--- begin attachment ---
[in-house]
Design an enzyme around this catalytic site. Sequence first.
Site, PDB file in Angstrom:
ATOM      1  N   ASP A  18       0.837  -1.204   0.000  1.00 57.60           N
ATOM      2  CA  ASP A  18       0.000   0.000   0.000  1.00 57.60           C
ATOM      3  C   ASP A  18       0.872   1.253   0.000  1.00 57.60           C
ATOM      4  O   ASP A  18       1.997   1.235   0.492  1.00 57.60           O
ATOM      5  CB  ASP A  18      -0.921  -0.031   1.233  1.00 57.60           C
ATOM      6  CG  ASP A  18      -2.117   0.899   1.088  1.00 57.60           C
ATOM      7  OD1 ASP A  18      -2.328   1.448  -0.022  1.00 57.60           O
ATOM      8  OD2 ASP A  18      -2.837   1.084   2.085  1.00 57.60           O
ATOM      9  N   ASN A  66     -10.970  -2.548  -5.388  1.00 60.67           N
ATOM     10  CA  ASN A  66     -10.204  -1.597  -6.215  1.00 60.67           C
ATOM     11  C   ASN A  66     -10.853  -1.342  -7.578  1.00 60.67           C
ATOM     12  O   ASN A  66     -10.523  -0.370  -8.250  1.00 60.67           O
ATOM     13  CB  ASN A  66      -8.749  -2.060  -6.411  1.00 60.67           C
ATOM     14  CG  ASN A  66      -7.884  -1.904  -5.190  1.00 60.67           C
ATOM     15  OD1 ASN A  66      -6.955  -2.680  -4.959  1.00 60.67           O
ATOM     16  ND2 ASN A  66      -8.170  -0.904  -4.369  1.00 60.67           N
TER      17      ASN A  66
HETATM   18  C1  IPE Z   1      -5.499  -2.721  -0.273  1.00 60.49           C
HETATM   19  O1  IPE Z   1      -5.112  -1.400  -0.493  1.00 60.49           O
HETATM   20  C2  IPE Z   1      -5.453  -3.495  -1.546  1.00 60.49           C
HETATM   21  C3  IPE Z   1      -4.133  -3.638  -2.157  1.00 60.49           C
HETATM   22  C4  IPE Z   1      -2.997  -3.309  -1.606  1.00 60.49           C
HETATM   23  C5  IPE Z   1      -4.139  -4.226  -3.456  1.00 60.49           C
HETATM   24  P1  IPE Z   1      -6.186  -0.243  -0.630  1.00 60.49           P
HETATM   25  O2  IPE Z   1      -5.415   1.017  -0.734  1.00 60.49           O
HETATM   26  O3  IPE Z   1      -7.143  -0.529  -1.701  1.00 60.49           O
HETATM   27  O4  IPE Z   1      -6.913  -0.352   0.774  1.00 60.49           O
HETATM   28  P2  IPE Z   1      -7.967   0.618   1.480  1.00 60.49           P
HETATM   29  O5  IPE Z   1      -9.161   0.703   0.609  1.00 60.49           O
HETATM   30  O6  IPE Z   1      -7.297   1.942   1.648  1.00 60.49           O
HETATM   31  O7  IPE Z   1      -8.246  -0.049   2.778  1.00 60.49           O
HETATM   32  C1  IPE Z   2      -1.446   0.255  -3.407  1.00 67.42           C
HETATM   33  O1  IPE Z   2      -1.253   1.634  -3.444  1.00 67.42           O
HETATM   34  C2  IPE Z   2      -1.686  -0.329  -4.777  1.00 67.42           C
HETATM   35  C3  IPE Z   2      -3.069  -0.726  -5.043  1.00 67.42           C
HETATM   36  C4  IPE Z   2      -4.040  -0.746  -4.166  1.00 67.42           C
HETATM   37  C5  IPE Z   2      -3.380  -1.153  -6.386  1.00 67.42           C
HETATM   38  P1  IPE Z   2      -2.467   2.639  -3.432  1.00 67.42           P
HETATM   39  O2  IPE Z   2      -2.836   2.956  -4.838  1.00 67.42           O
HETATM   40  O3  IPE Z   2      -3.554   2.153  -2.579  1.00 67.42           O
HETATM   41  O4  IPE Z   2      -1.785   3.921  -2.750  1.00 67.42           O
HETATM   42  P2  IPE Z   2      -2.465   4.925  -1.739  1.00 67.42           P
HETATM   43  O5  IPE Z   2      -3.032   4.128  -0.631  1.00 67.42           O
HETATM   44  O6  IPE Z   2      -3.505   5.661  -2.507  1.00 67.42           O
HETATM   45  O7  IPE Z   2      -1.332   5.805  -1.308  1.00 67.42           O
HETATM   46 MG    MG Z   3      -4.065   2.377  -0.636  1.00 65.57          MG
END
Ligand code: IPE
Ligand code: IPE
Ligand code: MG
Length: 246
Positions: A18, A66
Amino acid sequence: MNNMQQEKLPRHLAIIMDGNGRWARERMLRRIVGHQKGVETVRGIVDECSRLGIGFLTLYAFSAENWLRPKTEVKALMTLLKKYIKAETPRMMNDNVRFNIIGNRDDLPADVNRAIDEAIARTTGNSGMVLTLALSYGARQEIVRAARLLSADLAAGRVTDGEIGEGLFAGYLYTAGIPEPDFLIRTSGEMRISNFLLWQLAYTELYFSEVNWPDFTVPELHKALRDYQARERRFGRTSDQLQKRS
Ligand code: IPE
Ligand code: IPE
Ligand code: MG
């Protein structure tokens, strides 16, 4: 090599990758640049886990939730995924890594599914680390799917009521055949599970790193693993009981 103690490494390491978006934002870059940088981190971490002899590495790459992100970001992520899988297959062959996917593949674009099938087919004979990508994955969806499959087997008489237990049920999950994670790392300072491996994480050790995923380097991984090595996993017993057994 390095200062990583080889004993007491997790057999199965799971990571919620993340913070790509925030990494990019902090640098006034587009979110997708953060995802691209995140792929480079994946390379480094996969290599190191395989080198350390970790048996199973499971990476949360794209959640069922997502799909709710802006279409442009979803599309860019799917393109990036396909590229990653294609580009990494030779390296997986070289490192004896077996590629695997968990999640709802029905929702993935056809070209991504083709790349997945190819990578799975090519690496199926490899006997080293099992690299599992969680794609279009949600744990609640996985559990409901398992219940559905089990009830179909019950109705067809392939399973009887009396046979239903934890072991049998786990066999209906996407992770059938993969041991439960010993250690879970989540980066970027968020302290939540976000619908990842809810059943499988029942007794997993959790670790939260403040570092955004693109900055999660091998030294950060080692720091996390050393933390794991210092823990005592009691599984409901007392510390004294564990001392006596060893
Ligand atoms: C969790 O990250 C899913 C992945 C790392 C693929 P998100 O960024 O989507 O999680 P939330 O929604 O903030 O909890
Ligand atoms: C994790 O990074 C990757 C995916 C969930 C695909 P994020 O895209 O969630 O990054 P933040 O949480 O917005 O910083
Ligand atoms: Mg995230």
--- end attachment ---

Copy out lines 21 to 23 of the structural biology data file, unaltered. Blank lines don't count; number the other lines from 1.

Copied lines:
HETATM   18  C1  IPE Z   1      -5.499  -2.721  -0.273  1.00 60.49           C
HETATM   19  O1  IPE Z   1      -5.112  -1.400  -0.493  1.00 60.49           O
HETATM   20  C2  IPE Z   1      -5.453  -3.495  -1.546  1.00 60.49           C